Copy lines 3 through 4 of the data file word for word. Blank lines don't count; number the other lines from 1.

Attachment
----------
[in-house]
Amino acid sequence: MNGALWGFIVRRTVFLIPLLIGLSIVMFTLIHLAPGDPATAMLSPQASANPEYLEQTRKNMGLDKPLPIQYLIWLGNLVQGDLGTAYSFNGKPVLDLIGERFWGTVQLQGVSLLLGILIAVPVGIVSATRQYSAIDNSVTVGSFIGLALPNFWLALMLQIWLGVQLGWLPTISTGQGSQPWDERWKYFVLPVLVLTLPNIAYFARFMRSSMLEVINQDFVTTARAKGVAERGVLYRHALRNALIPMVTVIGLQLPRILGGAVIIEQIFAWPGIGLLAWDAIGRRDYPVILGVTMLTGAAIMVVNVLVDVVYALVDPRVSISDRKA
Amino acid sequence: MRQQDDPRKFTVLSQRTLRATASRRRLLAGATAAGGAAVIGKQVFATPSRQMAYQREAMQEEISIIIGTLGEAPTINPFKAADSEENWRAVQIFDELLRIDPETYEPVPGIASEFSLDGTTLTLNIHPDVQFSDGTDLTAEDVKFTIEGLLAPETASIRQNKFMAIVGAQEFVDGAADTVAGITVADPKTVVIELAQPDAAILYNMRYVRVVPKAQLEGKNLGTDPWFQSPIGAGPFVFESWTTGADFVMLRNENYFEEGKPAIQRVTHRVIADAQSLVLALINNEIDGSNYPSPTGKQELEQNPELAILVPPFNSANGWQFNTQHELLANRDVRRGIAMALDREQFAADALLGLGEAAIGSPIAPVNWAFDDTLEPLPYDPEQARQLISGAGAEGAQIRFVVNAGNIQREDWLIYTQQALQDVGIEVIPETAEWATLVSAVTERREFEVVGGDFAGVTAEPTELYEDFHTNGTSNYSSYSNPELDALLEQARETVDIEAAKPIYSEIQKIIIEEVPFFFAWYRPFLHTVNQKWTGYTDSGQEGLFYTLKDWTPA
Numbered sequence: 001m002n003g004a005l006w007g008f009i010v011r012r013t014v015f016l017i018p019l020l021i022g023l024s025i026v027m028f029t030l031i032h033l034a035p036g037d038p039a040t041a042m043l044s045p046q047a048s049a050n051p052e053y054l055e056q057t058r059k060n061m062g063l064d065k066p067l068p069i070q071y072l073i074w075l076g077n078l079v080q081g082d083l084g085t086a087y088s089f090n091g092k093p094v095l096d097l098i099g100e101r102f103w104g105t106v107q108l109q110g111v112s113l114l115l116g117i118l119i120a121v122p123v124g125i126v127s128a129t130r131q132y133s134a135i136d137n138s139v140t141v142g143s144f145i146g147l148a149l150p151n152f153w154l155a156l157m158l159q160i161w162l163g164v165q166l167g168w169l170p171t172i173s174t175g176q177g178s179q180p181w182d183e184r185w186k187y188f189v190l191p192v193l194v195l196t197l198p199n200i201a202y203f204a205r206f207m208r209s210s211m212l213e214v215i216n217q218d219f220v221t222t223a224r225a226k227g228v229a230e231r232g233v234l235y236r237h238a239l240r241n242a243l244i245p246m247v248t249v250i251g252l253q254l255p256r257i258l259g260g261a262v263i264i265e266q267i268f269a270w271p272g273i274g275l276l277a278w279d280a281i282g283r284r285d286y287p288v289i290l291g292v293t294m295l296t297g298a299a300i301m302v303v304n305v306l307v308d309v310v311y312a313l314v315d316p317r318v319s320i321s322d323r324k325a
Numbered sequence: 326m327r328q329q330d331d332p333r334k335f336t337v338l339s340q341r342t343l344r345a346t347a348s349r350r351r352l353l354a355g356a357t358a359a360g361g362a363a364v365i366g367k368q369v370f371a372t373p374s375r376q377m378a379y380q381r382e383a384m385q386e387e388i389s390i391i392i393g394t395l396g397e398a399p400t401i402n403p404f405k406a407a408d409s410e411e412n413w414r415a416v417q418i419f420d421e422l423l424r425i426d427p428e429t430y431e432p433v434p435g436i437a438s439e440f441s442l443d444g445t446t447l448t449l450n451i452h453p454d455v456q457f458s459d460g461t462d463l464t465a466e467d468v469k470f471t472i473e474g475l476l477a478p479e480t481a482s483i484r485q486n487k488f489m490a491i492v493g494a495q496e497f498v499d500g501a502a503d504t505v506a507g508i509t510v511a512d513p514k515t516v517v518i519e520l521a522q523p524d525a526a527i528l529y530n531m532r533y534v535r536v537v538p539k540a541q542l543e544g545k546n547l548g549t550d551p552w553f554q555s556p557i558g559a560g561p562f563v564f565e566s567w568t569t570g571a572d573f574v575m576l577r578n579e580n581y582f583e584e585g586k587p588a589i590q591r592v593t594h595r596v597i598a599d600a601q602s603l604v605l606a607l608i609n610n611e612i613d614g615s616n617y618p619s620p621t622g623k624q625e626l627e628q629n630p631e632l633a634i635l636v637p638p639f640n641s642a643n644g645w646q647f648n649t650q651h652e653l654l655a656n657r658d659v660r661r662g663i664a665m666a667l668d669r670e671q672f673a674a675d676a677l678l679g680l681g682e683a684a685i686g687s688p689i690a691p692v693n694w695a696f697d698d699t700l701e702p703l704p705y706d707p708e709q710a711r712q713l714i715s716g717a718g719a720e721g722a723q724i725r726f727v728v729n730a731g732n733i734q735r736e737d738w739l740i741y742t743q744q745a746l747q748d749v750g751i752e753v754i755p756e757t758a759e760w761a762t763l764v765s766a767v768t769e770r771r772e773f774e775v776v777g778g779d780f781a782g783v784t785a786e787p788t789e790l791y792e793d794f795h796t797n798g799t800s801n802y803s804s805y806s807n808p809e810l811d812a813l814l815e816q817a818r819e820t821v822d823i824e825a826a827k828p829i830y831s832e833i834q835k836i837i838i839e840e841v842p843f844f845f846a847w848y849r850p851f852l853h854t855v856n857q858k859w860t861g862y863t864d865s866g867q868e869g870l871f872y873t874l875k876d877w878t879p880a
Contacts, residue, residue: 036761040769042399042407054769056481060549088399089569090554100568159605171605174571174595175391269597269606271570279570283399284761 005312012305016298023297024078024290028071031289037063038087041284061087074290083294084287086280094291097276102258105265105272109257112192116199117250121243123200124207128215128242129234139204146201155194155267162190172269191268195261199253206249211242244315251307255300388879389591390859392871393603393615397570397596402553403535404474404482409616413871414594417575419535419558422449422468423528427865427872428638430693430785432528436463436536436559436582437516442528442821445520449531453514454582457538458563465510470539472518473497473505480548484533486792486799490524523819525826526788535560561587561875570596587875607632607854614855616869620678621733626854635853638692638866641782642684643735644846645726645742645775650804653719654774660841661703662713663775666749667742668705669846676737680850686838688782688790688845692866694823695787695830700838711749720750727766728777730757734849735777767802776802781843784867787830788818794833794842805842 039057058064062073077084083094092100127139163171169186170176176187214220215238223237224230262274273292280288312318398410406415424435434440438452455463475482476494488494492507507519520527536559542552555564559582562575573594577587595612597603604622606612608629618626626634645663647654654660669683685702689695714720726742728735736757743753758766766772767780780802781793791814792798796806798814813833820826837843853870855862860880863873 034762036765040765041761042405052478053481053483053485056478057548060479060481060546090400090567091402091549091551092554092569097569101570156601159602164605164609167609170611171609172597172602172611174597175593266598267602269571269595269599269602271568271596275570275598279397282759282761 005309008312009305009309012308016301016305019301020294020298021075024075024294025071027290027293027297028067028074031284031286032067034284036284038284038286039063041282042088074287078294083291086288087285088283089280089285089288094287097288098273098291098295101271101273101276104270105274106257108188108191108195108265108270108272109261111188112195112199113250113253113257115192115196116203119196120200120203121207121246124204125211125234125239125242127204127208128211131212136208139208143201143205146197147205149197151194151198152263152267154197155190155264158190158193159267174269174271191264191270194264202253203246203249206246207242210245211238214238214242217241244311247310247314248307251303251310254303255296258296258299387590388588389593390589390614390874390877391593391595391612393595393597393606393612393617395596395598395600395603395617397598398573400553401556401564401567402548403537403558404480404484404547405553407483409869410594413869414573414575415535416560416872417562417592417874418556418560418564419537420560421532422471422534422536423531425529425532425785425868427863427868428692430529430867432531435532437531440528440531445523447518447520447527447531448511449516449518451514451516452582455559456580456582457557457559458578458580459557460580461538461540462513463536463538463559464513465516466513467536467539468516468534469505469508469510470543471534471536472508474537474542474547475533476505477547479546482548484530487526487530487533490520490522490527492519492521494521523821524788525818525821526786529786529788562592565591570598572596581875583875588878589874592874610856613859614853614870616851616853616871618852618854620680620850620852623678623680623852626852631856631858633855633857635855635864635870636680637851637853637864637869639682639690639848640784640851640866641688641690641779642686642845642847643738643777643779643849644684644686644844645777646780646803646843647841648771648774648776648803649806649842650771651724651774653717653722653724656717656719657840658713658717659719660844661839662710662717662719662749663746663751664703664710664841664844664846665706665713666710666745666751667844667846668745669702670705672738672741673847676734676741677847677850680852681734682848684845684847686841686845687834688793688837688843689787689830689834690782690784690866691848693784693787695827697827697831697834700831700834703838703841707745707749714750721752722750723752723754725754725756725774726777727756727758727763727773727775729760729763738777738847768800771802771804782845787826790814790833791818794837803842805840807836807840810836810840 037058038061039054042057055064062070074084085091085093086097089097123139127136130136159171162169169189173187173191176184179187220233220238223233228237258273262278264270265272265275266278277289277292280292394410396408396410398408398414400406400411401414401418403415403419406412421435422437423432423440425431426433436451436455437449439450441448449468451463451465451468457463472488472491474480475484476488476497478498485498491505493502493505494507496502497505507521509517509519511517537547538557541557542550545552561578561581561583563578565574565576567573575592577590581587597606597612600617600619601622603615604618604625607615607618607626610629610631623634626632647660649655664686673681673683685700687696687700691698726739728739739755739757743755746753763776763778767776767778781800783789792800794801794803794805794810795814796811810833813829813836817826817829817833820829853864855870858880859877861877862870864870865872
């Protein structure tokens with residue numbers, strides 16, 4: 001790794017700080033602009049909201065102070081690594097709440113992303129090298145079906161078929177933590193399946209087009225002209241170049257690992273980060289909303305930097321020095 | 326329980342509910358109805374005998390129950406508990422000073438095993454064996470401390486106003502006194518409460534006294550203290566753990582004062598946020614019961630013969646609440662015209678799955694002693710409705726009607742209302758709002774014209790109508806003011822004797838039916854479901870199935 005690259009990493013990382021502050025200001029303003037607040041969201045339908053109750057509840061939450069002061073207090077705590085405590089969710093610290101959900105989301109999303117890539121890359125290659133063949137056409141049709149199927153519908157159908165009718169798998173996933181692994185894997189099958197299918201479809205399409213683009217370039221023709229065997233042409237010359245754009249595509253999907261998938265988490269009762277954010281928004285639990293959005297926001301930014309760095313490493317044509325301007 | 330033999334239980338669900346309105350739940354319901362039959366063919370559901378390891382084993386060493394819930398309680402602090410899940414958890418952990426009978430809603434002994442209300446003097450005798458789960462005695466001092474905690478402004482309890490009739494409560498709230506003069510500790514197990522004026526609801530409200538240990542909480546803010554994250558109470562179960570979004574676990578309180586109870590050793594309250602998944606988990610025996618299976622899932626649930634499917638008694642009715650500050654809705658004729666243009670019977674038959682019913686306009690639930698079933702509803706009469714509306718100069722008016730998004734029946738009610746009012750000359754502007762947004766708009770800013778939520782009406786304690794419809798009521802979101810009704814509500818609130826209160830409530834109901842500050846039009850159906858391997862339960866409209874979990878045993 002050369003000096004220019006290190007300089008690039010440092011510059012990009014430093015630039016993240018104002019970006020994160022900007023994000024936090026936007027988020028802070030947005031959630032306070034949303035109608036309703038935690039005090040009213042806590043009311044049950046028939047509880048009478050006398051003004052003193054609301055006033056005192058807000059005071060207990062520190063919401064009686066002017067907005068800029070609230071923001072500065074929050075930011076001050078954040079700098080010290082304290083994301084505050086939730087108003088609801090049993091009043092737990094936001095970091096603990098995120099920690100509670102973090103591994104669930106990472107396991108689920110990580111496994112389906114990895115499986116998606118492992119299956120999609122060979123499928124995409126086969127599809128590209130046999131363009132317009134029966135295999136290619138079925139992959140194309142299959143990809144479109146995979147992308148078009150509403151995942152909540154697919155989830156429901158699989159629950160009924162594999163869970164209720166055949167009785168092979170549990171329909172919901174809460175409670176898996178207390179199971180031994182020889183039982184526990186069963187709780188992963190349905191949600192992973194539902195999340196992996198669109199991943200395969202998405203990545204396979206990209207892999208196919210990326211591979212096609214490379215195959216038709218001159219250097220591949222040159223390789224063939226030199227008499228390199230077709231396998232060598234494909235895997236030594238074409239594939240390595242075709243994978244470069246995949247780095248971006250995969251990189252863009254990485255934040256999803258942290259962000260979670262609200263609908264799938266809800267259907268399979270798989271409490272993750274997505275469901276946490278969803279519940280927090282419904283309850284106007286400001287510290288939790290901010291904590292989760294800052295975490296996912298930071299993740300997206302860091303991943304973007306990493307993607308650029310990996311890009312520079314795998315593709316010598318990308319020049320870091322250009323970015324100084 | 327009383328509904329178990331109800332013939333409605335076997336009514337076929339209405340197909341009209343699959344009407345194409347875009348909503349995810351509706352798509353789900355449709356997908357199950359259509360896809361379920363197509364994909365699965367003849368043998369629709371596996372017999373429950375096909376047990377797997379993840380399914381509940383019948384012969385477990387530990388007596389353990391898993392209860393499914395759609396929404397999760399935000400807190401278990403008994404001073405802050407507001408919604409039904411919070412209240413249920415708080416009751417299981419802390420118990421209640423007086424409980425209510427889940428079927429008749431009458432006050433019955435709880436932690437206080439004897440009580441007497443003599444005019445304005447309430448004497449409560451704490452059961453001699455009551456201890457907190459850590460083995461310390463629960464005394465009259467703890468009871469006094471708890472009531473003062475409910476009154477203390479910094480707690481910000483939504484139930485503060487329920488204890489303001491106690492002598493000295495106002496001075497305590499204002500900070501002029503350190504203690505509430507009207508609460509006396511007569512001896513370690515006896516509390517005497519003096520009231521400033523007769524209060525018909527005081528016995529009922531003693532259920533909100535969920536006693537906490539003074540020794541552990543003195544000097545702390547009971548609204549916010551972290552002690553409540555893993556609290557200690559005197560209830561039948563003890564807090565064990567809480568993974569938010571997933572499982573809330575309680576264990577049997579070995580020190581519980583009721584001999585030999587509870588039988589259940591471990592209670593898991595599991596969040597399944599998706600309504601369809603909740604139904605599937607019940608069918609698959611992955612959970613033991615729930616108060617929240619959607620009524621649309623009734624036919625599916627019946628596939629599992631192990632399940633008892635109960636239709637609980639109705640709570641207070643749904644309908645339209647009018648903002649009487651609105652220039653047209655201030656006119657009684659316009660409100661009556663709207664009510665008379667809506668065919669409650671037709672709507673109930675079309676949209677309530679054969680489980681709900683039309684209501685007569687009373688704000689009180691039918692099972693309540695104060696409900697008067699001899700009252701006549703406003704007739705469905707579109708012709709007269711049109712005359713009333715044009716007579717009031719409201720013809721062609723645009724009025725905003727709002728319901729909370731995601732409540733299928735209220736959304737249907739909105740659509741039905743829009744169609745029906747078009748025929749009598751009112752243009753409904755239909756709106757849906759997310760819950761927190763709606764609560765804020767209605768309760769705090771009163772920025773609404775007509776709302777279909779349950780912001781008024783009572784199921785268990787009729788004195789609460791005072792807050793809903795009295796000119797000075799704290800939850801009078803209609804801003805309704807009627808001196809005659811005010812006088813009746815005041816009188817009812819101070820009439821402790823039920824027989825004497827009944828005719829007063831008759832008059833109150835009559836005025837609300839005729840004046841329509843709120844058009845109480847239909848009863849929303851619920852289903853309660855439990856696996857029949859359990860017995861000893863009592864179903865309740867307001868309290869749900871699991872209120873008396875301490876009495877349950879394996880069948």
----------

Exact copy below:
Amino acid sequence: MRQQDDPRKFTVLSQRTLRATASRRRLLAGATAAGGAAVIGKQVFATPSRQMAYQREAMQEEISIIIGTLGEAPTINPFKAADSEENWRAVQIFDELLRIDPETYEPVPGIASEFSLDGTTLTLNIHPDVQFSDGTDLTAEDVKFTIEGLLAPETASIRQNKFMAIVGAQEFVDGAADTVAGITVADPKTVVIELAQPDAAILYNMRYVRVVPKAQLEGKNLGTDPWFQSPIGAGPFVFESWTTGADFVMLRNENYFEEGKPAIQRVTHRVIADAQSLVLALINNEIDGSNYPSPTGKQELEQNPELAILVPPFNSANGWQFNTQHELLANRDVRRGIAMALDREQFAADALLGLGEAAIGSPIAPVNWAFDDTLEPLPYDPEQARQLISGAGAEGAQIRFVVNAGNIQREDWLIYTQQALQDVGIEVIPETAEWATLVSAVTERREFEVVGGDFAGVTAEPTELYEDFHTNGTSNYSSYSNPELDALLEQARETVDIEAAKPIYSEIQKIIIEEVPFFFAWYRPFLHTVNQKWTGYTDSGQEGLFYTLKDWTPA
Numbered sequence: 001m002n003g004a005l006w007g008f009i010v011r012r013t014v015f016l017i018p019l020l021i022g023l024s025i026v027m028f029t030l031i032h033l034a035p036g037d038p039a040t041a042m043l044s045p046q047a048s049a050n051p052e053y054l055e056q057t058r059k060n061m062g063l064d065k066p067l068p069i070q071y072l073i074w075l076g077n078l079v080q081g082d083l084g085t086a087y088s089f090n091g092k093p094v095l096d097l098i099g100e101r102f103w104g105t106v107q108l109q110g111v112s113l114l115l116g117i118l119i120a121v122p123v124g125i126v127s128a129t130r131q132y133s134a135i136d137n138s139v140t141v142g143s144f145i146g147l148a149l150p151n152f153w154l155a156l157m158l159q160i161w162l163g164v165q166l167g168w169l170p171t172i173s174t175g176q177g178s179q180p181w182d183e184r185w186k187y188f189v190l191p192v193l194v195l196t197l198p199n200i201a202y203f204a205r206f207m208r209s210s211m212l213e214v215i216n217q218d219f220v221t222t223a224r225a226k227g228v229a230e231r232g233v234l235y236r237h238a239l240r241n242a243l244i245p246m247v248t249v250i251g252l253q254l255p256r257i258l259g260g261a262v263i264i265e266q267i268f269a270w271p272g273i274g275l276l277a278w279d280a281i282g283r284r285d286y287p288v289i290l291g292v293t294m295l296t297g298a299a300i301m302v303v304n305v306l307v308d309v310v311y312a313l314v315d316p317r318v319s320i321s322d323r324k325a